While Christmas is one of the most highly anticipated holidays of the year, it can also be an especially stressful time for families financially. From buying Christmas gifts, cards and decorations, to contributing to multiple Christmas potlucks and special charity events, Christmas is often overloaded with commitments that can put you way over budget.  

But there’s good news - it doesn’t have to be that way! With some extra effort, you can plan to spend within your means over Christmas and not spend January getting out of debt.

If you’re already struggling with debt, you may need to carefully examine how much you can actually afford to spend this Christmas and make the necessary adjustments to stay on track.

We’ve put together a list of 51 ways to budget for Christmas. These practical tips will help you enjoy Christmas and stay debt-free at the same time! 

  1. Save up in advance. Create a gift-giving list that includes how much you plan to spend on each person. (Don’t forget to include gift exchanges, teachers, co-workers, neighbours or those you normally purchase gifts for.) Also, decide how much you will spend on events, entertainment and other Christmas-related expenses. (Remember to include the cost of gift wrap, decorations, tree, et cetera.)

    To determine a monthly amount to put away for Christmas, add up your last year’s total Christmas spending and divide the total by 12. This way, you’ll know exactly how much you have available for your Christmas spending.

    If you typically spend more than planned at Christmas, you may need to cut back on how many gifts you want to give and events you plan to attend. Try the "envelope method," by adding your saved cash into an envelope once a month – and then use only the cash in that envelope for Christmas spending. Once the cash is gone, that’s it!
  2. Create and stick to a budget year-round. You may be amazed to discover how much you spend on eating out or entertainment throughout the year. By tracking your expenses and managing your money, you may be able to have more money to spend at Christmas. Managing your money well can be a valuable lesson you can pass on to your children, so include them in the process.
  3. Tell your family and friends your budget plans. Explain to your family that you are trying to stick to your budget (especially if you will be significantly cutting down on your gift spending). Being open about your financial planning with loved ones can help them be understanding of your need to uphold a debt-free Christmas.
  4. Set a dollar amount limit per gift. Keep your limit within your income.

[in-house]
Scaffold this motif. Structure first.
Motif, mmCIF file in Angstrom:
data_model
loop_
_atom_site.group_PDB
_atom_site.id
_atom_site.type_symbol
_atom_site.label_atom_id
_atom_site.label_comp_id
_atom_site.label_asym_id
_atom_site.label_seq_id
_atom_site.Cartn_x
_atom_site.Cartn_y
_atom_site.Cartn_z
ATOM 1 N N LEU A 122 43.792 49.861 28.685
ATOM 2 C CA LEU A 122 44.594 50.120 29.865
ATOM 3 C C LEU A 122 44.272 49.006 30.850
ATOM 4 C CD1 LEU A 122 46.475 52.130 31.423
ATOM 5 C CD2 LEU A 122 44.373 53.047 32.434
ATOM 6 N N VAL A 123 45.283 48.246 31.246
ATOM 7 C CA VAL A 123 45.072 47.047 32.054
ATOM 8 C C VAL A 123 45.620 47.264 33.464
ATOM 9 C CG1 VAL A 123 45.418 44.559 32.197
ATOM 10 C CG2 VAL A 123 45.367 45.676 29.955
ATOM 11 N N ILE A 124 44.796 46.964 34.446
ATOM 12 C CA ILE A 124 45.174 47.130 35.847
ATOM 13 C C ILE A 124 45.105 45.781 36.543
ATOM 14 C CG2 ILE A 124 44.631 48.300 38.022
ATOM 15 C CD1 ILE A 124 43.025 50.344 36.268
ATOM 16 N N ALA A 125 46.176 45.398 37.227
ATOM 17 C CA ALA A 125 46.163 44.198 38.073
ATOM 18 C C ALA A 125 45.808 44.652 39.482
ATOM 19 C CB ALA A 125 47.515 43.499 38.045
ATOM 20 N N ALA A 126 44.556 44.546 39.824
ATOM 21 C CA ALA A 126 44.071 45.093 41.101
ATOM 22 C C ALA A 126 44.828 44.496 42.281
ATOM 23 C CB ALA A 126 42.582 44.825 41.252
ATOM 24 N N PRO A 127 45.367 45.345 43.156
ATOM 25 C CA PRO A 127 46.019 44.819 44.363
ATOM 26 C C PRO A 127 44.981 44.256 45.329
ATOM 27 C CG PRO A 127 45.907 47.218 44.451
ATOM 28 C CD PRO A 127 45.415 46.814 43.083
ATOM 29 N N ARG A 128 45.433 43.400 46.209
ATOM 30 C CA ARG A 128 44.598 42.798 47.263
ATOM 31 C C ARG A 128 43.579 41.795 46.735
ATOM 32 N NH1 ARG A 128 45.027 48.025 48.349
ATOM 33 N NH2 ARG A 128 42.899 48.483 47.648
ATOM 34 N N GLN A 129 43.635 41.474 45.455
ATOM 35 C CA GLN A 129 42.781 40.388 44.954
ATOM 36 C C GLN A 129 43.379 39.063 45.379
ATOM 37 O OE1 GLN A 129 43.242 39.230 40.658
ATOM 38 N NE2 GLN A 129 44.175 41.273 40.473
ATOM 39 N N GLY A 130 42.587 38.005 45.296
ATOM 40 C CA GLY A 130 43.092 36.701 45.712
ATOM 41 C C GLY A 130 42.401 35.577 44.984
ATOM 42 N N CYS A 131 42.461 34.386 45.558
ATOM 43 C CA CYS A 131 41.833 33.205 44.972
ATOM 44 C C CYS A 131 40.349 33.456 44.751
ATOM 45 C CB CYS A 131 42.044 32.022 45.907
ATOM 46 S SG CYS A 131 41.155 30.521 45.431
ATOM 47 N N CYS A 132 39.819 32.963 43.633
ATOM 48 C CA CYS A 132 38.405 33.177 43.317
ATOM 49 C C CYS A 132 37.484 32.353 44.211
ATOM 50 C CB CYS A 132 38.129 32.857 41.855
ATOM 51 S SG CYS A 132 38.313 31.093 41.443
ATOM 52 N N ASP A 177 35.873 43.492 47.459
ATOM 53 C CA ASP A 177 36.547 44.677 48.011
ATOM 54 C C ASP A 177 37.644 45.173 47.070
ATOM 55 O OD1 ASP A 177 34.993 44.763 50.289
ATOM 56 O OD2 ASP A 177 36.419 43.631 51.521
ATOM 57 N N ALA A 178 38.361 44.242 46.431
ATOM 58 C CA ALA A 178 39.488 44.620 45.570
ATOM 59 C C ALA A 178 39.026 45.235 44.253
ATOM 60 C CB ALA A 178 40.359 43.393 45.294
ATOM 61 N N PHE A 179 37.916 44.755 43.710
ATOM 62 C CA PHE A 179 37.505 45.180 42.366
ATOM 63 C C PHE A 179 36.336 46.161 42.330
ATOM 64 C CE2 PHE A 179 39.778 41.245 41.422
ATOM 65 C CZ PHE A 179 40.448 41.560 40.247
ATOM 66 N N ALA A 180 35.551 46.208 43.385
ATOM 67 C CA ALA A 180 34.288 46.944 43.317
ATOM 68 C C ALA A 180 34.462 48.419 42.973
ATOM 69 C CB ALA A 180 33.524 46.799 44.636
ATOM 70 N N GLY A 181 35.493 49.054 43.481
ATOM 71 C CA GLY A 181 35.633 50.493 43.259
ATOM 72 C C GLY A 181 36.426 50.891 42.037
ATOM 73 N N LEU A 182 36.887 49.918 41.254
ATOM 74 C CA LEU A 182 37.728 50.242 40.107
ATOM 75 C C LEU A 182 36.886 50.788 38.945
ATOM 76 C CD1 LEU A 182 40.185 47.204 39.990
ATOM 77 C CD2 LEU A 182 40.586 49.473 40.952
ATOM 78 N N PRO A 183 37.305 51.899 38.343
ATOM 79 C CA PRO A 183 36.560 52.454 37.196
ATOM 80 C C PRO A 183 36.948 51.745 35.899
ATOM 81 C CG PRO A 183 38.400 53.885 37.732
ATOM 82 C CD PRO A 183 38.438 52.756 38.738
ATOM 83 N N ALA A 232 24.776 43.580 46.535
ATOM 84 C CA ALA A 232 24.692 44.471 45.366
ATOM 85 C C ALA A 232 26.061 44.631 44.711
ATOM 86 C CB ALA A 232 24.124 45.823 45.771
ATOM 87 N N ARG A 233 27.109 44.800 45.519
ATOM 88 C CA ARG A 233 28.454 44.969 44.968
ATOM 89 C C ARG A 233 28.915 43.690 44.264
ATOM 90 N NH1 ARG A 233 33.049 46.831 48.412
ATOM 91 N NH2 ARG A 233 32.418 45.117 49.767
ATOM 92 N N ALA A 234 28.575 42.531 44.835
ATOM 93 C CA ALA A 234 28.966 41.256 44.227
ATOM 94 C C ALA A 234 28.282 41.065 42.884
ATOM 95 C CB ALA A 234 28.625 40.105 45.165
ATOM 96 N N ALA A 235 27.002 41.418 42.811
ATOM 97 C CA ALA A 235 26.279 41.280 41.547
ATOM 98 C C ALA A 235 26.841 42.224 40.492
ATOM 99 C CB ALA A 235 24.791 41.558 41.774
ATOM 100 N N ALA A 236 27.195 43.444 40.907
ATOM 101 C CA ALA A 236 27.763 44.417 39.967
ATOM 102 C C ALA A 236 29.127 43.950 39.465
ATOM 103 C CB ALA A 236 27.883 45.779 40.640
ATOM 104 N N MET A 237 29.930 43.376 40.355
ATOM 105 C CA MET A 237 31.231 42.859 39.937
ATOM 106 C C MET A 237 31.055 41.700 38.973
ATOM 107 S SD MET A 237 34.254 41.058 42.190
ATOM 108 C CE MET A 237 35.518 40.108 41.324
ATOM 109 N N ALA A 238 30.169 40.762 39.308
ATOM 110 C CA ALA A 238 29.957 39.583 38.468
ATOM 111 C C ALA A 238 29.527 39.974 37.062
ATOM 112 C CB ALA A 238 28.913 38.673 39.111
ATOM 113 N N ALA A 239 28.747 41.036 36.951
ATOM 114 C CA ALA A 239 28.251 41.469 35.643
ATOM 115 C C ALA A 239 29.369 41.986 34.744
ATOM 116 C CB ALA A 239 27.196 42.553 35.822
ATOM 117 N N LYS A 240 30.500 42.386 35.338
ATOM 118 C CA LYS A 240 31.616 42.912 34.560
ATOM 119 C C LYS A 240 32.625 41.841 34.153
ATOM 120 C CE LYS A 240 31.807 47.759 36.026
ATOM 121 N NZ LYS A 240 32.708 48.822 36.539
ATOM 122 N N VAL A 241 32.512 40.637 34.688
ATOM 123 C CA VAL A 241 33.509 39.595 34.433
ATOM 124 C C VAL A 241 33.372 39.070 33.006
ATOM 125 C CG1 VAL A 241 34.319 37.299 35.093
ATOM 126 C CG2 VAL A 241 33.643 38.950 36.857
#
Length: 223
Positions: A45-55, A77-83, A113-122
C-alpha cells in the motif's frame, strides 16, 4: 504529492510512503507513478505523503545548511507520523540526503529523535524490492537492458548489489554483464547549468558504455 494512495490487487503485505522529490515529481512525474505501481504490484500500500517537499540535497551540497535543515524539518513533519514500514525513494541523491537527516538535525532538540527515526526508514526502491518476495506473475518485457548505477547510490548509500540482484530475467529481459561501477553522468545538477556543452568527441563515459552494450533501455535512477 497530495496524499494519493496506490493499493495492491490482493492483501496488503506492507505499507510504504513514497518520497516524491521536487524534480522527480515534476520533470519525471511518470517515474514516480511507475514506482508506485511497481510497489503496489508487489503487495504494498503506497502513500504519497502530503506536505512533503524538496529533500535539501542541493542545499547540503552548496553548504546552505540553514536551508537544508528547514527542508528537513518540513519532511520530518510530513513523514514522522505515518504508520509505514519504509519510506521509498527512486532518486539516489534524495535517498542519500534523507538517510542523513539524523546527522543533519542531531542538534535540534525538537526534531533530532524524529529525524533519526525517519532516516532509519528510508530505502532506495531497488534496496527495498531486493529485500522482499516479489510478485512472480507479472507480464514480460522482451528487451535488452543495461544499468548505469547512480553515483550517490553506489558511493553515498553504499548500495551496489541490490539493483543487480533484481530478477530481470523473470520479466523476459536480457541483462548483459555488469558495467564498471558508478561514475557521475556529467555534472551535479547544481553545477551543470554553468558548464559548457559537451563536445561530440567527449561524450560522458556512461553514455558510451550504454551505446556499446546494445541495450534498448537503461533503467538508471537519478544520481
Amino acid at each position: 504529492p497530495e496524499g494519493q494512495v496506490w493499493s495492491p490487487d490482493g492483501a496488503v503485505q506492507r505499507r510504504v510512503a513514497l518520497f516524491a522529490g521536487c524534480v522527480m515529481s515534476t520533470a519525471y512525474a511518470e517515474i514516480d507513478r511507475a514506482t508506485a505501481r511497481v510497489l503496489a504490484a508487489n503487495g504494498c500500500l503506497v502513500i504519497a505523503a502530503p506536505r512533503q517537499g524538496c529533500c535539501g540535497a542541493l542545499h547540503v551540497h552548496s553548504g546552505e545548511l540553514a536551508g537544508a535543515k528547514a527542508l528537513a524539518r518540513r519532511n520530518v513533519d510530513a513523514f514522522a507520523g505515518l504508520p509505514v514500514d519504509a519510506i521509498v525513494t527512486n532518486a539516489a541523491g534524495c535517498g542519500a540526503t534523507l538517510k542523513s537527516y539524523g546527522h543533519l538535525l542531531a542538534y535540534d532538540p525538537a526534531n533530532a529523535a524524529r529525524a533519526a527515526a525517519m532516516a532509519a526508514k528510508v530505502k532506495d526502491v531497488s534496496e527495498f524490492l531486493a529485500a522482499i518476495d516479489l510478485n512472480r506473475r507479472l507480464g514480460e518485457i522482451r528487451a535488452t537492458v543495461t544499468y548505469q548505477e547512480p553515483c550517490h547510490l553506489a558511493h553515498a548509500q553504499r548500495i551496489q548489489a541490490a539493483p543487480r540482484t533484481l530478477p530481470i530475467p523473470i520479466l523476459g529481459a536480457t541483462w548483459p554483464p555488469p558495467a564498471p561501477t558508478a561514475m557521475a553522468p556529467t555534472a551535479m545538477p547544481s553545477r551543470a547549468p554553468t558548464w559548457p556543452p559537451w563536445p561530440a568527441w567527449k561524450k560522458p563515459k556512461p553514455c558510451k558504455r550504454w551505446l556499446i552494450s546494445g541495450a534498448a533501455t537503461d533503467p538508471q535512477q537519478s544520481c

5. Decide to buy only one gift per person. Whatever boundaries you decide on, stick to them.
  6. Say no. Sometimes there are too many activities and gift exchanges and you may simply need to say "no." Maybe you know other family members or friends who are also trying to stick to a budget; agree that you will either limit your spending or not exchange gifts this year. One benefit of saying "no" to some events is that your kids may find Christmas less stressful.
  7. Make a list of gifts you’ve already bought. Avoid duplicating what you gave someone the previous year by tracking what you’ve previously given them. You can also use this list to track gifts you’ve already purchased for the coming year (if you buy gifts year-round).
  8. Exchange wish lists. Avoid wasting money on gifts that people don’t want by asking for what they do want.
  9. Exchange names. Instead of buying gifts for each family member, pick names out of a hat to cut down on the number of gifts you need to buy. You can keep who-has-who a secret for some fun suspense.
  10. Give group gifts. You may be able to buy better gifts by combining money as a group.
  11. Clear the house and collect money for Christmas gifts. You may have items around your house that you no longer use that you could sell in a garage sale, to a consignment store or online.
  12. Shop for Christmas gifts throughout the year. Keep a lookout for sales on items that would make perfect gifts – and avoid that Christmas rush!
  13. Give your time. Make a coupon book of tasks you are willing to help with as a gift, such as housecleaning, babysitting, manicures, snow shovelling, lawn mowing, dog walking, car washing or leaf raking. Or, if you know a trade, you may be able to offer haircuts, tax preparation, car repair, photography or computer training.
  14. Share your family recipe collection. Put your favourite recipes in a photo album. If you have extra time, make the recipes, take photos of the finished food, then include the written or typed recipe on the opposite page.
  15. Re-gift. There’s nothing wrong with re-gifting; it is a great way to put to use duplicate items or things you have no use for.
  16. Donate gifts in someone’s name instead of giving them a gift. Instead of spending money on a gift for someone who would rather see that money used for charity, purchase a gift for someone else in need, and give a card to your friend to let them know you’ve given a gift in their name.
  17. Buy previously-loved gifts. A great way to cut down on expenses is to decide as a family to give only second-hand gifts this year.
  18. Give your family photo. Frame your photo or make it into a calendar.
  19. Frame your child’s artwork. Especially for grandparents who live far away, a child’s art can be a treasure. A description on the back can be helpful if it’s not clear what the drawing is.
  20. Make your gifts. Homemade bread, cookies, jam, jewellery and craft items make great gifts.
  21. Give frozen, home-cooked meals. For people who don’t have much time to cook or perhaps have limited funds for food, frozen meals in individual containers can be a welcome gift. Include notes on the packages for cooking instructions and festive decorations to dress them up.
  22. Offer to babysit. Some families find Christmas and all that goes with it beyond stressful (or almost impossible – especially if there’s a newborn or physically challenged child in the home). Take the kids for a day so the parents can decorate the tree, string lights outside, bake, shop or wrap gifts without interruption.